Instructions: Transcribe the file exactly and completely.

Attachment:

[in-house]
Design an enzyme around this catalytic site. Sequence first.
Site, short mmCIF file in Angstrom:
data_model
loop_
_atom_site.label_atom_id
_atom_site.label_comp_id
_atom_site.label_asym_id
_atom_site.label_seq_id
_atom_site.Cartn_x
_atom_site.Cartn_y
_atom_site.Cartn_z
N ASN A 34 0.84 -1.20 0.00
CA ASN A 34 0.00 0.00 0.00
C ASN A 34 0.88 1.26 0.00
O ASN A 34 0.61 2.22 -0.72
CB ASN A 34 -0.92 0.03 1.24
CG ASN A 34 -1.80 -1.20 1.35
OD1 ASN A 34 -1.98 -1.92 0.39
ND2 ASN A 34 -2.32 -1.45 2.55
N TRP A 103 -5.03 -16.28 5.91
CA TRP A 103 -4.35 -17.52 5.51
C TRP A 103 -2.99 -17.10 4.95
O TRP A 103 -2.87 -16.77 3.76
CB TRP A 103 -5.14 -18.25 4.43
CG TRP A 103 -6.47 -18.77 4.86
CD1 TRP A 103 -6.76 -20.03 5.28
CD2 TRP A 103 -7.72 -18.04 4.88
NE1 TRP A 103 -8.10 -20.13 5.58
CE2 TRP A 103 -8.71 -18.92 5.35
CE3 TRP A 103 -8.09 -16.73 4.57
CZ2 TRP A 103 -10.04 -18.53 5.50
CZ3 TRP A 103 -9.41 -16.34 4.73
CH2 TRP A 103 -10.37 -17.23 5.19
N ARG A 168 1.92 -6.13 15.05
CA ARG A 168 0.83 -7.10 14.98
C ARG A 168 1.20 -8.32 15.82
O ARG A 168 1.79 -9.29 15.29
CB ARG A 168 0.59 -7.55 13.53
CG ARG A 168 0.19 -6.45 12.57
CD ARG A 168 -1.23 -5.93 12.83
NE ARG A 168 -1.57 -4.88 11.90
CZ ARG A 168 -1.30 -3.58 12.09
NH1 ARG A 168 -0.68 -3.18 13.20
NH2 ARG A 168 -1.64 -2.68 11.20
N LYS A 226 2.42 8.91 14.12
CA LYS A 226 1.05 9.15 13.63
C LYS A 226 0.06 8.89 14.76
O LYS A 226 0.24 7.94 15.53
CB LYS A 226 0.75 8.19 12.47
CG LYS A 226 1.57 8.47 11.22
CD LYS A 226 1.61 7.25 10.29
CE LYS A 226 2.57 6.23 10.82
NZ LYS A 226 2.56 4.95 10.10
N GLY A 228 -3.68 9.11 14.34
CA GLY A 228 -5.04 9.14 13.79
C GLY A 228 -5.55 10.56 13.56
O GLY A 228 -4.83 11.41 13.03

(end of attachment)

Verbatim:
[in-house]
Design an enzyme around this catalytic site. Sequence first.
Site, short mmCIF file in Angstrom:
data_model
loop_
_atom_site.label_atom_id
_atom_site.label_comp_id
_atom_site.label_asym_id
_atom_site.label_seq_id
_atom_site.Cartn_x
_atom_site.Cartn_y
_atom_site.Cartn_z
N ASN A 34 0.84 -1.20 0.00
CA ASN A 34 0.00 0.00 0.00
C ASN A 34 0.88 1.26 0.00
O ASN A 34 0.61 2.22 -0.72
CB ASN A 34 -0.92 0.03 1.24
CG ASN A 34 -1.80 -1.20 1.35
OD1 ASN A 34 -1.98 -1.92 0.39
ND2 ASN A 34 -2.32 -1.45 2.55
N TRP A 103 -5.03 -16.28 5.91
CA TRP A 103 -4.35 -17.52 5.51
C TRP A 103 -2.99 -17.10 4.95
O TRP A 103 -2.87 -16.77 3.76
CB TRP A 103 -5.14 -18.25 4.43
CG TRP A 103 -6.47 -18.77 4.86
CD1 TRP A 103 -6.76 -20.03 5.28
CD2 TRP A 103 -7.72 -18.04 4.88
NE1 TRP A 103 -8.10 -20.13 5.58
CE2 TRP A 103 -8.71 -18.92 5.35
CE3 TRP A 103 -8.09 -16.73 4.57
CZ2 TRP A 103 -10.04 -18.53 5.50
CZ3 TRP A 103 -9.41 -16.34 4.73
CH2 TRP A 103 -10.37 -17.23 5.19
N ARG A 168 1.92 -6.13 15.05
CA ARG A 168 0.83 -7.10 14.98
C ARG A 168 1.20 -8.32 15.82
O ARG A 168 1.79 -9.29 15.29
CB ARG A 168 0.59 -7.55 13.53
CG ARG A 168 0.19 -6.45 12.57
CD ARG A 168 -1.23 -5.93 12.83
NE ARG A 168 -1.57 -4.88 11.90
CZ ARG A 168 -1.30 -3.58 12.09
NH1 ARG A 168 -0.68 -3.18 13.20
NH2 ARG A 168 -1.64 -2.68 11.20
N LYS A 226 2.42 8.91 14.12
CA LYS A 226 1.05 9.15 13.63
C LYS A 226 0.06 8.89 14.76
O LYS A 226 0.24 7.94 15.53
CB LYS A 226 0.75 8.19 12.47
CG LYS A 226 1.57 8.47 11.22
CD LYS A 226 1.61 7.25 10.29
CE LYS A 226 2.57 6.23 10.82
NZ LYS A 226 2.56 4.95 10.10
N GLY A 228 -3.68 9.11 14.34
CA GLY A 228 -5.04 9.14 13.79
C GLY A 228 -5.55 10.56 13.56
O GLY A 228 -4.83 11.41 13.03